Wednesday, November 15, 2023

A volcanic eruption gave birth to a new island, and a NASA satellite saw it from space

In this comparison, the image on the left, acquired on 18 October 2023 by Landsat-9, shows the area around Iwo Jima as it looked like before the eruption started. In the image on the right from 3 November, the new tiny island can be seen about one km off the southern coast of Iwo Jima. 
(Image credit: ESA/USGS)
A NASA satellite has spotted a newly formed island off the coast of Japan that experienced a fiery birth at the end of October.
Kyodo news via AP
Plumes of smoke rise from a new isle after a recent volcano on Iwo Jima on Nov. 3.
Courtesy of Setsuya Nakada
The joint NASA/U.S. Geological Survey satellite Landsat-9 saw the island rise from the sea off the coast of Iwo Jima island, part of the Volcano Islands archipelago in south Japan, on Nov. 3.
Iwo Jima island with the GeoGarage platform (NGA nautical raster chart)
JP44BP6K ENC (scale : 1:45,000)
The island was born 750 miles (1,200 kilometers) south of Tokyo between 12:20 and 12:35 local time on Oct. 30 when blisteringly hot magma fell into the ocean and exploded, creating chunks of rock several feet long more than 160 feet (50 meters) into the air, according to the University of Tokyo.
"According to the Japan Meteorological Agency, the eruption appears to have started on October 21, 2023," University of Tokyo researchers wrote. 
"The location of this eruption is almost the same as the 2022 eruption location and is thought to indicate the resumption of magma activity on Iwo Jima."
The underwater eruptions broke the ocean's surface at two locations in the form of explosions at the southern tip of Iwo Jima, and rocks gathered to the north of these explosions.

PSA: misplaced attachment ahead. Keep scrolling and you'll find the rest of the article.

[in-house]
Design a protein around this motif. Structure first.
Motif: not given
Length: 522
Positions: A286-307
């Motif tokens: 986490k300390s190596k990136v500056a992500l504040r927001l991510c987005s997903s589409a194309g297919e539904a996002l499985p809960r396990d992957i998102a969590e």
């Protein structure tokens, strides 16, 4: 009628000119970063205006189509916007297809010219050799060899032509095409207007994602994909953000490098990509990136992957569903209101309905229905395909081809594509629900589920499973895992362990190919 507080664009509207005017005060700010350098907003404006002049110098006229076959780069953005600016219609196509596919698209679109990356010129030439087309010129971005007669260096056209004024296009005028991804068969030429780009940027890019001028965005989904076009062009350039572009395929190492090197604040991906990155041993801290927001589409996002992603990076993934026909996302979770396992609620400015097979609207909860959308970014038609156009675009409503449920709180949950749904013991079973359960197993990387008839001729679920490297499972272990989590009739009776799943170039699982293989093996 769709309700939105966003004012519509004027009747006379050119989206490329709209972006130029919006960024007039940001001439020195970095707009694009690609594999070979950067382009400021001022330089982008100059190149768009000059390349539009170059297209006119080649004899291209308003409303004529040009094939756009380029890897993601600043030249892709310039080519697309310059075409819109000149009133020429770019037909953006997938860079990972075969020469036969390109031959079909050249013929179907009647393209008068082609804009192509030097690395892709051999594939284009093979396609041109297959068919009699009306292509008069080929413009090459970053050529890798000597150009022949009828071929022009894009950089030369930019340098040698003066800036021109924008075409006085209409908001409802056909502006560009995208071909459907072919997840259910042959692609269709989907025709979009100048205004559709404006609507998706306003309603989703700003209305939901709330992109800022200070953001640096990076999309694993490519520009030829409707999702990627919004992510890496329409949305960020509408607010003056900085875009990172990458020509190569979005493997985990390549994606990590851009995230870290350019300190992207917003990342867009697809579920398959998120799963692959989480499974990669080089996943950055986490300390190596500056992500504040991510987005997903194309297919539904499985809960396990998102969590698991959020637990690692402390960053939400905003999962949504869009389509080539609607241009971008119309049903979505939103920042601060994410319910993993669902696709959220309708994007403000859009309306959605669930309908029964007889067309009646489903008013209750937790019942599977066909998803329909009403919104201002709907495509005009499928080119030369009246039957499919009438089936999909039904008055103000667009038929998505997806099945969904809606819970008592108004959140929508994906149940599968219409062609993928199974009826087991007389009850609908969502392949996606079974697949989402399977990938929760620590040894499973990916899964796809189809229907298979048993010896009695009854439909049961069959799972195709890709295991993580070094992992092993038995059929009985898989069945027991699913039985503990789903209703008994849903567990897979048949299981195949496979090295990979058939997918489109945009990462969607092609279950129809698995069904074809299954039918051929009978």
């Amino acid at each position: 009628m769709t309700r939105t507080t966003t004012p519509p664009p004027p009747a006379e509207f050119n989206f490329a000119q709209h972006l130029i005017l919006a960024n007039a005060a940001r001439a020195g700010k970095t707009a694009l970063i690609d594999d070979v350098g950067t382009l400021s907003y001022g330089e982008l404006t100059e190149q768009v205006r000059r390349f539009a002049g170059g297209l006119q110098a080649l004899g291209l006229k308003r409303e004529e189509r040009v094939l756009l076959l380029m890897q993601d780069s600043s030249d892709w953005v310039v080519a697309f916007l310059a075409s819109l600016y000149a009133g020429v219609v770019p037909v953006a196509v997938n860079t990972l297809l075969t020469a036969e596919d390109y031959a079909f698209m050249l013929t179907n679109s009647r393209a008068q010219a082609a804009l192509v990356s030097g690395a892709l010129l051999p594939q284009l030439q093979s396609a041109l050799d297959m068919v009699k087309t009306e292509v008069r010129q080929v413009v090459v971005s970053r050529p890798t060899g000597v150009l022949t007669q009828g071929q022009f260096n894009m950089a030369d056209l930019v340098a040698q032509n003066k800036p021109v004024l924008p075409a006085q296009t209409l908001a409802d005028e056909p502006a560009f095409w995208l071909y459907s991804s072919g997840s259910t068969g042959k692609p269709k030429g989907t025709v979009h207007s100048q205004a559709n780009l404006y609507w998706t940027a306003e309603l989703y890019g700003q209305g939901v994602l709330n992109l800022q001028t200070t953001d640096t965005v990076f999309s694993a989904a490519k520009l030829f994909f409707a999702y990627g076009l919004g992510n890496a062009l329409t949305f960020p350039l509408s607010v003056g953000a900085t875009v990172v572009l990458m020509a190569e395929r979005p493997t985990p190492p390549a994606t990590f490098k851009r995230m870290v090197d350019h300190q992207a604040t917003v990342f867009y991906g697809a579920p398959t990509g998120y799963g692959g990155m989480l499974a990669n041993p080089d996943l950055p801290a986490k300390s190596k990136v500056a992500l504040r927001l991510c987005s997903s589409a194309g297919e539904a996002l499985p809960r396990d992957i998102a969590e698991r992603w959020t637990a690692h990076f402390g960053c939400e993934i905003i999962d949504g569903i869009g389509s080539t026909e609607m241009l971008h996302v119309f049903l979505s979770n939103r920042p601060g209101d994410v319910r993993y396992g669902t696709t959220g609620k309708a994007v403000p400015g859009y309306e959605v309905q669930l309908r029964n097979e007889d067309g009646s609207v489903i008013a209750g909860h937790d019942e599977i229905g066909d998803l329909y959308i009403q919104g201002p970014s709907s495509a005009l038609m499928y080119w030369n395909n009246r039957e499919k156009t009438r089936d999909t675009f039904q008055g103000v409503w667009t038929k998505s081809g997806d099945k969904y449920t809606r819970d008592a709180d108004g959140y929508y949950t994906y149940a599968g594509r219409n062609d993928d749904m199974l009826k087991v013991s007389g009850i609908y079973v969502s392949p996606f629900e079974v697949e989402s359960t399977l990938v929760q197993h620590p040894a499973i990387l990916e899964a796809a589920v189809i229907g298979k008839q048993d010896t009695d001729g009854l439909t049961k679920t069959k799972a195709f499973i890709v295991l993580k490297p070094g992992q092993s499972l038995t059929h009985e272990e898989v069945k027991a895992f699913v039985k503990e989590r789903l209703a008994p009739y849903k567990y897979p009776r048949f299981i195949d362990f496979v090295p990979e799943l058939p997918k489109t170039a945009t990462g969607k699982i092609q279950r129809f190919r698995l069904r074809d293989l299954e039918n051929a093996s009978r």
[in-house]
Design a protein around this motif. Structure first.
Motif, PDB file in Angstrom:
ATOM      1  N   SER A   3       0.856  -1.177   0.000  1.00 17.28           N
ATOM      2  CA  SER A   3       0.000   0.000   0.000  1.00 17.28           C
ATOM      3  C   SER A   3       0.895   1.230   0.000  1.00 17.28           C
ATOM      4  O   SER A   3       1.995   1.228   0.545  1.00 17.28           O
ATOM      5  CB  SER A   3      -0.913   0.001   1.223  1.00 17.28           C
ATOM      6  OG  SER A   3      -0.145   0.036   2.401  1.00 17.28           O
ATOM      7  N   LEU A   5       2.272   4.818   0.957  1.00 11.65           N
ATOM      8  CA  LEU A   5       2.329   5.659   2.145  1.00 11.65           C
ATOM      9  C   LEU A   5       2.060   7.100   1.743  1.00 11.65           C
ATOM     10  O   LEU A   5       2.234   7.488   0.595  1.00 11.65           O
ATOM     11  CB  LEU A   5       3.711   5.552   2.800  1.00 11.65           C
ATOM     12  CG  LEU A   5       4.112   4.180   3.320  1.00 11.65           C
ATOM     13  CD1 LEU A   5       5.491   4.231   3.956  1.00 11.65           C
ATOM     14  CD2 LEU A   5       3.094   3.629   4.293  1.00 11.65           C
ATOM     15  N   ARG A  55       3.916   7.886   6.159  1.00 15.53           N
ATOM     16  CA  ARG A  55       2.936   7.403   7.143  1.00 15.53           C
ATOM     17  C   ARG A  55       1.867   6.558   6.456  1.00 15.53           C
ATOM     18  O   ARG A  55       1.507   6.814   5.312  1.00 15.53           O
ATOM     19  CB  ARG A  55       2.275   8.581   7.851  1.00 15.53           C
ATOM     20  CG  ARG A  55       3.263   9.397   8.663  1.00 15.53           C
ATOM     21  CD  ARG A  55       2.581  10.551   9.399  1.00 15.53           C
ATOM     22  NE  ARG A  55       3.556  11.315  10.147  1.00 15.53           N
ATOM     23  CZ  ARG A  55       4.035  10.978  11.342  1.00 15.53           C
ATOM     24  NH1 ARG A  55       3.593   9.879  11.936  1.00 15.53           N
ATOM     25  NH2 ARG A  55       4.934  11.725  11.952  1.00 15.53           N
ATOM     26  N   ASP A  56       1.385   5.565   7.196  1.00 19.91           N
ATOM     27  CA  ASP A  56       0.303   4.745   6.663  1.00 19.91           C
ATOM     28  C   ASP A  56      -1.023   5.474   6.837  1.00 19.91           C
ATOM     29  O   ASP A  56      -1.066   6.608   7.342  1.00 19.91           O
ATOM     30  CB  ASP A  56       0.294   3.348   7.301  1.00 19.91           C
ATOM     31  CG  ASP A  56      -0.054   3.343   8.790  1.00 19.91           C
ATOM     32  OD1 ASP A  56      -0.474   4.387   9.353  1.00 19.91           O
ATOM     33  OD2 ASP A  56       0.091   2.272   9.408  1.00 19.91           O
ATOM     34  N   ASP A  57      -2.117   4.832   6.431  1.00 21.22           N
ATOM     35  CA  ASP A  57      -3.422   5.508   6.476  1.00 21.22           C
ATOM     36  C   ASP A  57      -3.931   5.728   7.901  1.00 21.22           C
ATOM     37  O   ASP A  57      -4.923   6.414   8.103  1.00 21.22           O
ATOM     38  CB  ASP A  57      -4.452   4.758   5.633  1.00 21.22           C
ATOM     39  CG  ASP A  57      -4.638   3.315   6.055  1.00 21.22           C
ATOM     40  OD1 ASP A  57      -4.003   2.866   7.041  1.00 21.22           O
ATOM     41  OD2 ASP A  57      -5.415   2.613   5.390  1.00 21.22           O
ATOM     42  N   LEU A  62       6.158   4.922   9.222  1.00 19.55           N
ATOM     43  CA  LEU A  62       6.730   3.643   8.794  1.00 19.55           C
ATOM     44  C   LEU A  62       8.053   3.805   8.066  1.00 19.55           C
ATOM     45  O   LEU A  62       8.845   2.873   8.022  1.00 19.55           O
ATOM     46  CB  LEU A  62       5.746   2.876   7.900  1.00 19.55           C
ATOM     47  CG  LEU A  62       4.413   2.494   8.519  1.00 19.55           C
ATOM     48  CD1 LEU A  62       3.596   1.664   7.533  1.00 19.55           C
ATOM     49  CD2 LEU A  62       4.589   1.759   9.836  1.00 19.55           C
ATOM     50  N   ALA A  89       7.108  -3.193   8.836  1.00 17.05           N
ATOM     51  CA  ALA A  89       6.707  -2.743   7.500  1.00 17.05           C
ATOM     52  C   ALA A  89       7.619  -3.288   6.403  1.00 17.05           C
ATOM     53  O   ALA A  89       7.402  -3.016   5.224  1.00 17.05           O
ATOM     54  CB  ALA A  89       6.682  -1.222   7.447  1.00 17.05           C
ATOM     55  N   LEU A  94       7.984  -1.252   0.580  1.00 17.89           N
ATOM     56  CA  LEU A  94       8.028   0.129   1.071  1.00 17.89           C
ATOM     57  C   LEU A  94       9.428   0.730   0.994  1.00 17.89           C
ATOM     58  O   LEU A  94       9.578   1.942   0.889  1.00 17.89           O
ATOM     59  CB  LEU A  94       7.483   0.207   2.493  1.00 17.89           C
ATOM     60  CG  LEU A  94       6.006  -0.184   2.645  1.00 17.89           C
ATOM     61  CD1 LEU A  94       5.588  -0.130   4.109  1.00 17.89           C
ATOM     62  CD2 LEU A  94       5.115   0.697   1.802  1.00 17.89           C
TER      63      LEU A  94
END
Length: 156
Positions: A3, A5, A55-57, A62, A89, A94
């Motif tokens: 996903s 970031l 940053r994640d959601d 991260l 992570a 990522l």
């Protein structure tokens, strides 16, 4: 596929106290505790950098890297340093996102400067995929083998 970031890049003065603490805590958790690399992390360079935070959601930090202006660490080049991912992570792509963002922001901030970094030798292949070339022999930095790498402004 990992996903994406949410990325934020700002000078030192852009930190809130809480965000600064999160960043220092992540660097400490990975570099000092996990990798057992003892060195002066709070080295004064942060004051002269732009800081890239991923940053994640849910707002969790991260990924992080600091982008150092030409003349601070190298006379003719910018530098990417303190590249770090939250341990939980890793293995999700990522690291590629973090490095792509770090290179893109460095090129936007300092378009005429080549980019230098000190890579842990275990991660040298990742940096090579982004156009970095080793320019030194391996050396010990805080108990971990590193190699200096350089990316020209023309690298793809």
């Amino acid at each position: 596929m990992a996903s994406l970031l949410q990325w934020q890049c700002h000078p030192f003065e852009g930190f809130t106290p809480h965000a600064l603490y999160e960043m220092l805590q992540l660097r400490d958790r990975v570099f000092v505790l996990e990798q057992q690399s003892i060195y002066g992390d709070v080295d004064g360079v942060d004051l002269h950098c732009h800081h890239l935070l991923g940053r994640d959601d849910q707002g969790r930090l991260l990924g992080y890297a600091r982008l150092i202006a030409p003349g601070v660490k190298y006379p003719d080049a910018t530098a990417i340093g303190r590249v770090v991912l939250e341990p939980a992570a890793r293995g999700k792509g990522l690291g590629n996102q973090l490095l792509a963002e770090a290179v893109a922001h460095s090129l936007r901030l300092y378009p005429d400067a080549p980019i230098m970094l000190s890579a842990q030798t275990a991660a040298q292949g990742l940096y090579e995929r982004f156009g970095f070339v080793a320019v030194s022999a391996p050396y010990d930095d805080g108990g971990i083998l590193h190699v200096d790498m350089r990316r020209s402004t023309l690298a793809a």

This growing rubble pile eventually formed a 330-foot (100-meter) wide island, around half a mile (1 kilometer) from Iwo Jima, sat in discolored water littered with very porous rock called pumice. 
An extremely light rock, pumice is created when lava with a very high content of water and gases is discharged from a volcano.
As gas bubbles escape this lava, it becomes "frothy," cooling and hardening into a bubble-filled rock. 
Landsat-9 saw the island from its position 438 miles (705 kilometers) above Earth on Nov. 3, and this image was compared to observations of the region collected by the same satellite on Oct. 18 in which the island was not present.
The birth of the island was witnessed by a craft much closer to home when an aircraft owned by Mainichi Shimbun, a Japanese newspaper, was the initial stages of an underwater eruption in the southern part of the Izu-Ogasawara arc  —  an oceanic trench in the western Pacific Ocean.
The site of the new island has been a hotbed of underwater eruptions of steam and lava over recent years, University of Toyko researchers said, adding that this is one of the fastest-rising caldera volcanoes — a large depression formed when a volcano erupts and collapses — in the world. 
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